Monarchs in the Meadow
Pollinators like monarch butterflies get a boost with habitat preservation.
Created by Alison Shapiro, Explore Natural Communities Intern Summer 2015, NatureServe.
Sound: Bee, recorded by nps.gov (soundbible.com). Public Domain.
Music: The Curtain Rises, and Bumba Crossing, by Kevin MacLeod (incompetech.com). Licensed under Creative Commons: Attribution 3.0
Photo: Monarch Butterfly on Lobelia, by Matt Jones. Licensed under Creative Commons: Attribution-NonCommercial 3.0
Podcast time: 2:06 minutes
Far away in Mexico, something very important is happening. Spring is coming and the monarch butterflies know it's time to move. Flying out on delicate orange wings, they travel for hundreds of miles from their warm and sunny winter homes to eastern North America where they find their beloved wildflowers. But there's one plant in particular that the monarchs are looking for and it isn't so easy to find anymore—milkweed.
In Rock Creek Park, land use has changed dramatically over time. Fires that once spread periodically throughout the forest are suppressed. And in the shade of big trees, some of the smaller plants, like milkweed, have trouble getting the sun they need. So what is a monarch to do without the milkweed that their eggs will need?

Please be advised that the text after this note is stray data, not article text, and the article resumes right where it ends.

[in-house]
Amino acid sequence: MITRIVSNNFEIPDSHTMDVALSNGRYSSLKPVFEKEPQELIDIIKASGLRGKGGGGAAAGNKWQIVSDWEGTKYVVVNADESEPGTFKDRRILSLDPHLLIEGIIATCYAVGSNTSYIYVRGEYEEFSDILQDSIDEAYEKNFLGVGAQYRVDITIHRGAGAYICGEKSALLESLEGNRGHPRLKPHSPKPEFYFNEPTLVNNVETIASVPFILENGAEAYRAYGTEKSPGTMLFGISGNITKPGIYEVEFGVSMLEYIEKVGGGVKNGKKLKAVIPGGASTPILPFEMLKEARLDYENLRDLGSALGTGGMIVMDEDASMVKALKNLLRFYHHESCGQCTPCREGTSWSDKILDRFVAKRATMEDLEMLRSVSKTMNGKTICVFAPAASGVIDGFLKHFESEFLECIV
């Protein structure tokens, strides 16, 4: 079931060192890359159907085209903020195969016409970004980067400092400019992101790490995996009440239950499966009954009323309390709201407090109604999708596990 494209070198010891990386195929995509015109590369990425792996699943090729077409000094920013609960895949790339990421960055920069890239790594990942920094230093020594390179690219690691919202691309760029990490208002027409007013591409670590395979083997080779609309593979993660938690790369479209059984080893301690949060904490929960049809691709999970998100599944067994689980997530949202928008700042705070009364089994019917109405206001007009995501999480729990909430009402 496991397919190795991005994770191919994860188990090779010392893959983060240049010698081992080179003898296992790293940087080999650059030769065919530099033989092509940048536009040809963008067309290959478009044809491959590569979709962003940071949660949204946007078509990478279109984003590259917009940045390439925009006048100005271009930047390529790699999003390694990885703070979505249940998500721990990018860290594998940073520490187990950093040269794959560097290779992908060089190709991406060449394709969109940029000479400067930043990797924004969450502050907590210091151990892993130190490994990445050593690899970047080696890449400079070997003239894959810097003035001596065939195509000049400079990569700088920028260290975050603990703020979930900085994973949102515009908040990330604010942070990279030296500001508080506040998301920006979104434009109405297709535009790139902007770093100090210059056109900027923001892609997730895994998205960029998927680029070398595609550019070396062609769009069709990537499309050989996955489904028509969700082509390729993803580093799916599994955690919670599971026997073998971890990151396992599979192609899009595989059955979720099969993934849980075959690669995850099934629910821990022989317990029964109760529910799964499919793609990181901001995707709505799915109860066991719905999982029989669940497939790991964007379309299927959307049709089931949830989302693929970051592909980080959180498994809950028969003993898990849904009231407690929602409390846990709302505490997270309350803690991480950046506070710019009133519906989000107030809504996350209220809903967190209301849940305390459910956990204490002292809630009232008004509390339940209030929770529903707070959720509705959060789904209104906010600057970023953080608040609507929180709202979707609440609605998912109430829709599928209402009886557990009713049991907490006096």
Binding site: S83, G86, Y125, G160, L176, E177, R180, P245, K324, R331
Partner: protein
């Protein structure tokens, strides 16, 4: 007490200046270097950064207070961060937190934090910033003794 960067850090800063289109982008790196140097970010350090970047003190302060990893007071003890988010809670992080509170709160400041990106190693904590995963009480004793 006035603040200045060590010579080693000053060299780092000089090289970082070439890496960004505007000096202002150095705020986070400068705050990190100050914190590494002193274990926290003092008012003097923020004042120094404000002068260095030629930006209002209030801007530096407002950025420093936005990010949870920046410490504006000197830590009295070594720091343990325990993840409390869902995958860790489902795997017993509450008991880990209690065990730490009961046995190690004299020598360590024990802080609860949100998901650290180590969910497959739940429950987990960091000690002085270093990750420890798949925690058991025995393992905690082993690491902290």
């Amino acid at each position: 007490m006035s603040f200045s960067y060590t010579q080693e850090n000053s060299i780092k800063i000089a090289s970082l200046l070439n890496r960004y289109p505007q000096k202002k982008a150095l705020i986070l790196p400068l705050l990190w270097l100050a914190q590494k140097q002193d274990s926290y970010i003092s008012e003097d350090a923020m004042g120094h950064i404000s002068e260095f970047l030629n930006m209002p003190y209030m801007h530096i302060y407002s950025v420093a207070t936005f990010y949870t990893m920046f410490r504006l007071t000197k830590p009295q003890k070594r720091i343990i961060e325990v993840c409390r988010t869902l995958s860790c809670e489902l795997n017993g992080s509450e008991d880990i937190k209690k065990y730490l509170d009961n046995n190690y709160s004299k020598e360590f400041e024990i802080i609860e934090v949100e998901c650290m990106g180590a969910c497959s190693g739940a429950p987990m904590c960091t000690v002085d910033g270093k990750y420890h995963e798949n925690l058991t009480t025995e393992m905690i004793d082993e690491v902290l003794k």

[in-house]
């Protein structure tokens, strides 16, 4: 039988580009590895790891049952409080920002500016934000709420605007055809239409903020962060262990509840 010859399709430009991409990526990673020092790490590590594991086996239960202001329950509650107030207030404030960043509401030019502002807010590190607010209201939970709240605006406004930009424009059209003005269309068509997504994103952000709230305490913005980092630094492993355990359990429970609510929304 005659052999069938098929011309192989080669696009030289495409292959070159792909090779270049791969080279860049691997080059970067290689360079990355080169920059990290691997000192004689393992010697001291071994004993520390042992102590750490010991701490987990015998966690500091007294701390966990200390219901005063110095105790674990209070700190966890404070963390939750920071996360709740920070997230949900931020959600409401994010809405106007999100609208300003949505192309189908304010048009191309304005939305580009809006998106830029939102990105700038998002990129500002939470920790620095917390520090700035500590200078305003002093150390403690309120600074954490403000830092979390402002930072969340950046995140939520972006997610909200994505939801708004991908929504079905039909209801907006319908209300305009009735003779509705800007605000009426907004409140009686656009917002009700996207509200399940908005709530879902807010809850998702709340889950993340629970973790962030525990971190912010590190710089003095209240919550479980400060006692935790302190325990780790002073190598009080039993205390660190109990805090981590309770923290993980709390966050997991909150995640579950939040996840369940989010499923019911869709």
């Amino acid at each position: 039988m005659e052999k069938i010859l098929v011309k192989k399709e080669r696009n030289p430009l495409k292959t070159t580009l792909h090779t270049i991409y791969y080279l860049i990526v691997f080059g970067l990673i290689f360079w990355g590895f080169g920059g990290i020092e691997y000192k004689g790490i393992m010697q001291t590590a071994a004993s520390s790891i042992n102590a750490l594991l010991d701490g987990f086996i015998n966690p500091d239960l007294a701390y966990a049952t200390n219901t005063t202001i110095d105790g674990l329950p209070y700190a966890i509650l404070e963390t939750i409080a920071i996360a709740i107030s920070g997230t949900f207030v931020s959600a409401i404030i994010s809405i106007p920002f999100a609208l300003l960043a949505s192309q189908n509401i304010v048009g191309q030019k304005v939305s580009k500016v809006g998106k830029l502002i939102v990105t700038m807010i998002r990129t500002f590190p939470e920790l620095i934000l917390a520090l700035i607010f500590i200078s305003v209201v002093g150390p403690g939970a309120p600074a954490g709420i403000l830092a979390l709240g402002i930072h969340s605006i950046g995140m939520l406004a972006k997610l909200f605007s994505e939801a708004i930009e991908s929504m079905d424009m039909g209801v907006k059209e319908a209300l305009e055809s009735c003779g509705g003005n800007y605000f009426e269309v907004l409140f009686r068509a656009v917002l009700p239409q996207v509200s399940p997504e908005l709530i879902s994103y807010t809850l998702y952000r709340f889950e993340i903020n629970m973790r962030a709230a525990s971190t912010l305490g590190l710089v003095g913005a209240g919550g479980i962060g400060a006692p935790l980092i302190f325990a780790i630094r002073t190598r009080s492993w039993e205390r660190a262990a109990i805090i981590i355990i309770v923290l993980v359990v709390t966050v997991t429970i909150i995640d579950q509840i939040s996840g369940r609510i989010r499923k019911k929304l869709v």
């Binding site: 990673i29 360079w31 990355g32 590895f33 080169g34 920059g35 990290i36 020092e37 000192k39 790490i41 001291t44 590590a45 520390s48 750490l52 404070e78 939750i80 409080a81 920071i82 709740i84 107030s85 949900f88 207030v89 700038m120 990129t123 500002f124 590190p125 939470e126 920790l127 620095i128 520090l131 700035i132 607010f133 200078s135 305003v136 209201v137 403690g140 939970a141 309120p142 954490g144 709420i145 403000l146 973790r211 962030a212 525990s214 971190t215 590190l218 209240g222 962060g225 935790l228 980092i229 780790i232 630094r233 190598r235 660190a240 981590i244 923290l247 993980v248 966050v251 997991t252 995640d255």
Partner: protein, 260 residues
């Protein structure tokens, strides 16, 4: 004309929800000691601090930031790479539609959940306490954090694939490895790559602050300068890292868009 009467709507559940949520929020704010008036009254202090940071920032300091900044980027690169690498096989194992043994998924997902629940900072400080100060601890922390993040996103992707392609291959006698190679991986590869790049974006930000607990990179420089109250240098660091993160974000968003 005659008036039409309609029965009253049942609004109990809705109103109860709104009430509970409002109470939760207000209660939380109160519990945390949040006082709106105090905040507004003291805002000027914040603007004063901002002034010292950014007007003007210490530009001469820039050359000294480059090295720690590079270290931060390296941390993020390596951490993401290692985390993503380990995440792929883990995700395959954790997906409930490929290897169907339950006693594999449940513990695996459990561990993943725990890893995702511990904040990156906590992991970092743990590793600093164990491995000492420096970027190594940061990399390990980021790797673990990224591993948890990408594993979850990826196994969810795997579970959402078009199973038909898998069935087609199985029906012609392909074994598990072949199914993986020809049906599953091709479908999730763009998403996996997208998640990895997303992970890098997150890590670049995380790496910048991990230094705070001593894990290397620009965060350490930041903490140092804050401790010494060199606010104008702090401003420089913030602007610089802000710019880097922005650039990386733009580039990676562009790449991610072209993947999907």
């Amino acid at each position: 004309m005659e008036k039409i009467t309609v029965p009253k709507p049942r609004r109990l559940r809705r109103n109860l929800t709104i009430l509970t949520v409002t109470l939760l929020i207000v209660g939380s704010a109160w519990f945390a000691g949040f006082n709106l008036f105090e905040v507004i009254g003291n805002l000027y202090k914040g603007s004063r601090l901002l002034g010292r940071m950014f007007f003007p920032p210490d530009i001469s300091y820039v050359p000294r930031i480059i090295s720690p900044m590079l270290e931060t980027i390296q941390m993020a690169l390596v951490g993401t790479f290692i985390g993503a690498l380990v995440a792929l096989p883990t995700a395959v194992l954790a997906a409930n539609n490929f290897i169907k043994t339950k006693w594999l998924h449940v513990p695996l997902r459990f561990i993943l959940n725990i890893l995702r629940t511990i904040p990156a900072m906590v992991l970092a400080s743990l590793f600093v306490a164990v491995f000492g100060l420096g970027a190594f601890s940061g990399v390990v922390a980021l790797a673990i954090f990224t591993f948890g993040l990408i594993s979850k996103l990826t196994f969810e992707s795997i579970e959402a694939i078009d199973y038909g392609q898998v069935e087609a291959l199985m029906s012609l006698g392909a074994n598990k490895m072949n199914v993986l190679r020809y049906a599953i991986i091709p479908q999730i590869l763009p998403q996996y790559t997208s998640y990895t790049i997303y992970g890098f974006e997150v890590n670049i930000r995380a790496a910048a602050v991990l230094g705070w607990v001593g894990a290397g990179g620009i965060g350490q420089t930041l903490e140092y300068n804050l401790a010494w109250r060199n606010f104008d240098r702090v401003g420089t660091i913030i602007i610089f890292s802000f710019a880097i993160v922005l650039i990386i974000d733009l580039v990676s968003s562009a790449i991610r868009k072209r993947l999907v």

Quickly, to the meadow!
Without fires to naturally clear spaces in the forest, Rock Creek Park staff have set up a series of "managed meadows." Kept open by planned mowing, these open spaces give sun-loving grasses and wildflowers like milkweed the opportunity to grow.
Pollinators of all kinds get the nectar and pollen they need from the wildflowers in these meadows. Not just butterflies like the monarch, but bees and hummingbirds, too.
The Presidential Memo creating the Pollinator Health Strategy is just one way people are coming together to save the pollinators. National Parks are restoring pollinator habitats and promoting conservation of this important group of animals worldwide.
Even as the monarchs find safe places to lay their eggs and flower nectar to eat, they will soon be on their way again. But maybe they will hang around Rock Creek Park a little while longer, enjoying the meadows the park provides, and give us a chance to enjoy the pollinator show.